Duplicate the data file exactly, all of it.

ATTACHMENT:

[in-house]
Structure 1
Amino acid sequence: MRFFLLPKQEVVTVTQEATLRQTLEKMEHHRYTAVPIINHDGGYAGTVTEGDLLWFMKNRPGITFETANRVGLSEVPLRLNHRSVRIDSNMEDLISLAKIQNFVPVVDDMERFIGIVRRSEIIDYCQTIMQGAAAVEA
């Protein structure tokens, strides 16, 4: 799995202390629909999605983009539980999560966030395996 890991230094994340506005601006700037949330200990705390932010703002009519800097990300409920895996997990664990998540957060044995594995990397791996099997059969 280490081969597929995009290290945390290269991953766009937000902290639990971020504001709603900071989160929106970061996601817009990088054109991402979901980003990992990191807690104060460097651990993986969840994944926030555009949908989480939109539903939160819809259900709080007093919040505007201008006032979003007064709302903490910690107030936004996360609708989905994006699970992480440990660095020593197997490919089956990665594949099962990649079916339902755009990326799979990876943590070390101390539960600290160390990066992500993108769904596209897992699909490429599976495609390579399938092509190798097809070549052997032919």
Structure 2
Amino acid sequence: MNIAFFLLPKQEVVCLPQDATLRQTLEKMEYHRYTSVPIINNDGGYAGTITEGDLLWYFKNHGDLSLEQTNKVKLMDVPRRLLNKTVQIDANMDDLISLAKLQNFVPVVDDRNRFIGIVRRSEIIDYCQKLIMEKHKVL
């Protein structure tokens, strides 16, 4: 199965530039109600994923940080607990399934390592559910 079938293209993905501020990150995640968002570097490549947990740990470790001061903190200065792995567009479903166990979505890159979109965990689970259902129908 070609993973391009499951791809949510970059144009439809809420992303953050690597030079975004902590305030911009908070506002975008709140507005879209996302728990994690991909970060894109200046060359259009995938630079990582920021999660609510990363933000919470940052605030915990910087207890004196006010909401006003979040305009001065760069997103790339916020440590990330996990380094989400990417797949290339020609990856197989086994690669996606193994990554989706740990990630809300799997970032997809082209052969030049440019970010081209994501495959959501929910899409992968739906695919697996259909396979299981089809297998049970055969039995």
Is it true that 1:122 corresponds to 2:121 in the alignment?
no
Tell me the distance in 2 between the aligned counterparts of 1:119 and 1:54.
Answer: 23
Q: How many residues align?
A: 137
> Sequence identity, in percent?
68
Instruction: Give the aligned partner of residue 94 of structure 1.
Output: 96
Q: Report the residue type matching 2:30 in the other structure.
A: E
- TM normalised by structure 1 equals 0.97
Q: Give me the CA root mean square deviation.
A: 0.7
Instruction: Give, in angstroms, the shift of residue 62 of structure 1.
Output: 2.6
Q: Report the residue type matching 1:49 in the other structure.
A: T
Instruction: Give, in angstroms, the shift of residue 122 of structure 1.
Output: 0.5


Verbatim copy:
[in-house]
Structure 1
Amino acid sequence: MRFFLLPKQEVVTVTQEATLRQTLEKMEHHRYTAVPIINHDGGYAGTVTEGDLLWFMKNRPGITFETANRVGLSEVPLRLNHRSVRIDSNMEDLISLAKIQNFVPVVDDMERFIGIVRRSEIIDYCQTIMQGAAAVEA
């Protein structure tokens, strides 16, 4: 799995202390629909999605983009539980999560966030395996 890991230094994340506005601006700037949330200990705390932010703002009519800097990300409920895996997990664990998540957060044995594995990397791996099997059969 280490081969597929995009290290945390290269991953766009937000902290639990971020504001709603900071989160929106970061996601817009990088054109991402979901980003990992990191807690104060460097651990993986969840994944926030555009949908989480939109539903939160819809259900709080007093919040505007201008006032979003007064709302903490910690107030936004996360609708989905994006699970992480440990660095020593197997490919089956990665594949099962990649079916339902755009990326799979990876943590070390101390539960600290160390990066992500993108769904596209897992699909490429599976495609390579399938092509190798097809070549052997032919």
Structure 2
Amino acid sequence: MNIAFFLLPKQEVVCLPQDATLRQTLEKMEYHRYTSVPIINNDGGYAGTITEGDLLWYFKNHGDLSLEQTNKVKLMDVPRRLLNKTVQIDANMDDLISLAKLQNFVPVVDDRNRFIGIVRRSEIIDYCQKLIMEKHKVL
């Protein structure tokens, strides 16, 4: 199965530039109600994923940080607990399934390592559910 079938293209993905501020990150995640968002570097490549947990740990470790001061903190200065792995567009479903166990979505890159979109965990689970259902129908 070609993973391009499951791809949510970059144009439809809420992303953050690597030079975004902590305030911009908070506002975008709140507005879209996302728990994690991909970060894109200046060359259009995938630079990582920021999660609510990363933000919470940052605030915990910087207890004196006010909401006003979040305009001065760069997103790339916020440590990330996990380094989400990417797949290339020609990856197989086994690669996606193994990554989706740990990630809300799997970032997809082209052969030049440019970010081209994501495959959501929910899409992968739906695919697996259909396979299981089809297998049970055969039995």
Is it true that 1:122 corresponds to 2:121 in the alignment?
no
Tell me the distance in 2 between the aligned counterparts of 1:119 and 1:54.
Answer: 23
Q: How many residues align?
A: 137
> Sequence identity, in percent?
68
Instruction: Give the aligned partner of residue 94 of structure 1.
Output: 96
Q: Report the residue type matching 2:30 in the other structure.
A: E
- TM normalised by structure 1 equals 0.97
Q: Give me the CA root mean square deviation.
A: 0.7
Instruction: Give, in angstroms, the shift of residue 62 of structure 1.
Output: 2.6
Q: Report the residue type matching 1:49 in the other structure.
A: T
Instruction: Give, in angstroms, the shift of residue 122 of structure 1.
Output: 0.5